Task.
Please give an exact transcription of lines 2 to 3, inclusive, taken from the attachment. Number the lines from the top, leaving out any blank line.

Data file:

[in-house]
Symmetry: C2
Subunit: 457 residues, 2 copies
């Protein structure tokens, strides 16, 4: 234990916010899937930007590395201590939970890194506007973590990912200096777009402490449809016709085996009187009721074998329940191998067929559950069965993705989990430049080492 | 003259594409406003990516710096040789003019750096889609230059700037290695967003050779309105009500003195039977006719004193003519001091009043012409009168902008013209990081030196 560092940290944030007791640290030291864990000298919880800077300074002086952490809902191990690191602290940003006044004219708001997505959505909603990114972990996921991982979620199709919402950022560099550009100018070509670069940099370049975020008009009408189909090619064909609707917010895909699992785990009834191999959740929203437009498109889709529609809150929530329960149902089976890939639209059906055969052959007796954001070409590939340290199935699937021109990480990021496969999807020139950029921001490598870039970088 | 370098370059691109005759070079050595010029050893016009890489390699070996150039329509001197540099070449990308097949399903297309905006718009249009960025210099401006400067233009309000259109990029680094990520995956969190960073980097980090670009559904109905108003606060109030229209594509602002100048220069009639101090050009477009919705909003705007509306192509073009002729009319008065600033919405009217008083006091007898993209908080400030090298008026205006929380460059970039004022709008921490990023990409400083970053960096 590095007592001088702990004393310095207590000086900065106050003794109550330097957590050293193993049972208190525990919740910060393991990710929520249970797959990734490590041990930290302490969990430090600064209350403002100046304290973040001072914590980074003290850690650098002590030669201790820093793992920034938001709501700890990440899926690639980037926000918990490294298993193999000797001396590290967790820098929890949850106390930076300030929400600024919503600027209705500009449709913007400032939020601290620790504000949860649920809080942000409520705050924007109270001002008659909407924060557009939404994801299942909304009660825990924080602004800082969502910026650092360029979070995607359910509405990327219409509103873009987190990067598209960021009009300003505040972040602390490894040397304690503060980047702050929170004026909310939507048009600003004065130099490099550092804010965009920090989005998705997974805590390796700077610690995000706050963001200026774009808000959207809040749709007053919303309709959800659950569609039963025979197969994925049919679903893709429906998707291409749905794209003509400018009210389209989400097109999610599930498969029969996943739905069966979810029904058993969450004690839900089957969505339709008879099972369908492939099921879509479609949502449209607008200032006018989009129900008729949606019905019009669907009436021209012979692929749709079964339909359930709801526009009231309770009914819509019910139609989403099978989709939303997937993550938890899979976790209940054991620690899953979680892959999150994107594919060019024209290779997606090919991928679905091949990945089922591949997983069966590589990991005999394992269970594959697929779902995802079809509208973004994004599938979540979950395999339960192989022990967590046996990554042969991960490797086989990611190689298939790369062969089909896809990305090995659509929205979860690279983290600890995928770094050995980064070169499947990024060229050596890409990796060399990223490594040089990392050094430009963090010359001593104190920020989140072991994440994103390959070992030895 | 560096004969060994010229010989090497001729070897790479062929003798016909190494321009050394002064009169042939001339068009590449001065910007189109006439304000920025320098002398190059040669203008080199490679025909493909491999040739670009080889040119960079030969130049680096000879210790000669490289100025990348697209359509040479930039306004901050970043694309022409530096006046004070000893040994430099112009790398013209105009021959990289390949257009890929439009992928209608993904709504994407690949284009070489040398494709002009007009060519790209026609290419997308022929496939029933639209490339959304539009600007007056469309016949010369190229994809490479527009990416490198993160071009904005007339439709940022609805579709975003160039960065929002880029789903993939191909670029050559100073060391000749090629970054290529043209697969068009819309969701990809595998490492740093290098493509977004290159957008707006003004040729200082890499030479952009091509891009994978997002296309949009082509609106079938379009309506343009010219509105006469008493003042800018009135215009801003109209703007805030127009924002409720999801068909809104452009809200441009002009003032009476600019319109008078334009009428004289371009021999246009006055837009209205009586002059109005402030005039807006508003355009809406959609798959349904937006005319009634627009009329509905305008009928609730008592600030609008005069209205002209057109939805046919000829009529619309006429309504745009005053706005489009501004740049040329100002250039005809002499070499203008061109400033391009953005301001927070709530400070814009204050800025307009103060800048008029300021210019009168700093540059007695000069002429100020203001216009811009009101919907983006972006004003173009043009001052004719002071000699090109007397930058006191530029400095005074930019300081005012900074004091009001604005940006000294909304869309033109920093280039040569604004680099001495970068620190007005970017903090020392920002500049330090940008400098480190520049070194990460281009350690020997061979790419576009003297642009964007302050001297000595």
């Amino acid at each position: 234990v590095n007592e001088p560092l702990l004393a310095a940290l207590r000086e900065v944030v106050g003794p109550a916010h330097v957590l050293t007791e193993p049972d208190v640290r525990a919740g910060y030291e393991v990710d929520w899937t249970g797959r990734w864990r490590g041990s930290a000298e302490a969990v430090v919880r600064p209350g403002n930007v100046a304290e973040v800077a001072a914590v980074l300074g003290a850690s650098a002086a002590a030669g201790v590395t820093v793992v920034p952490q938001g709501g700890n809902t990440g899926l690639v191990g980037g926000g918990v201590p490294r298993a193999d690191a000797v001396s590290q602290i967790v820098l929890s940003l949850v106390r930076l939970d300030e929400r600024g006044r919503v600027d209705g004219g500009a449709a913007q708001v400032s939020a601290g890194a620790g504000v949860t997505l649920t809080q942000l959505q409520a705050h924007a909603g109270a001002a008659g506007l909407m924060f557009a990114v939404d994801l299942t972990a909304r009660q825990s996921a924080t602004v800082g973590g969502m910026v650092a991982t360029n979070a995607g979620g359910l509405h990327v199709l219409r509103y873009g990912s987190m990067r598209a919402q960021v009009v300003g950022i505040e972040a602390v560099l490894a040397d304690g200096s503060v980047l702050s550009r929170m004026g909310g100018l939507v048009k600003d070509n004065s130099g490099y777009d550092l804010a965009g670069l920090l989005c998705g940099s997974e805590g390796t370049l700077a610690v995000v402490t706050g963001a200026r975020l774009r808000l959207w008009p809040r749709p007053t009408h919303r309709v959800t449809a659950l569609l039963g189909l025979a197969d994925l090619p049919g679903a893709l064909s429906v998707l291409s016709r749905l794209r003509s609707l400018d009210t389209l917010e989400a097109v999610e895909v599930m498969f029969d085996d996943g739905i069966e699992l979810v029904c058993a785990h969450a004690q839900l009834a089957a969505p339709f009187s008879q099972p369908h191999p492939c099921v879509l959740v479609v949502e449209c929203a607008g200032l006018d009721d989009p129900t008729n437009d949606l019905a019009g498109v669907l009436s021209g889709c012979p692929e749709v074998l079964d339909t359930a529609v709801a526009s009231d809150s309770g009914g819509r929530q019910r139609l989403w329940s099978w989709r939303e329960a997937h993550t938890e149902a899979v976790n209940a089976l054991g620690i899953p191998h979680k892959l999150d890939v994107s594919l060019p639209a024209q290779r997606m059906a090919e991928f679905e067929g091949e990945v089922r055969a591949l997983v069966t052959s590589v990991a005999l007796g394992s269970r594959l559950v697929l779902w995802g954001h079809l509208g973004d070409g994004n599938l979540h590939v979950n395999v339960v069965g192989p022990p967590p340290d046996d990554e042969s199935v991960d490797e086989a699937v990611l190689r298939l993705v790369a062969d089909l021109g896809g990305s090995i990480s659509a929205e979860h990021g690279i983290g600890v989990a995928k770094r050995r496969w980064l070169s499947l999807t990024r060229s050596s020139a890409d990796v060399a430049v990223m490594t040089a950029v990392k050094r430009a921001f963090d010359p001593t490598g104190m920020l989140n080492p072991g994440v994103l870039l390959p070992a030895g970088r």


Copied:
Symmetry: C2
Subunit: 457 residues, 2 copies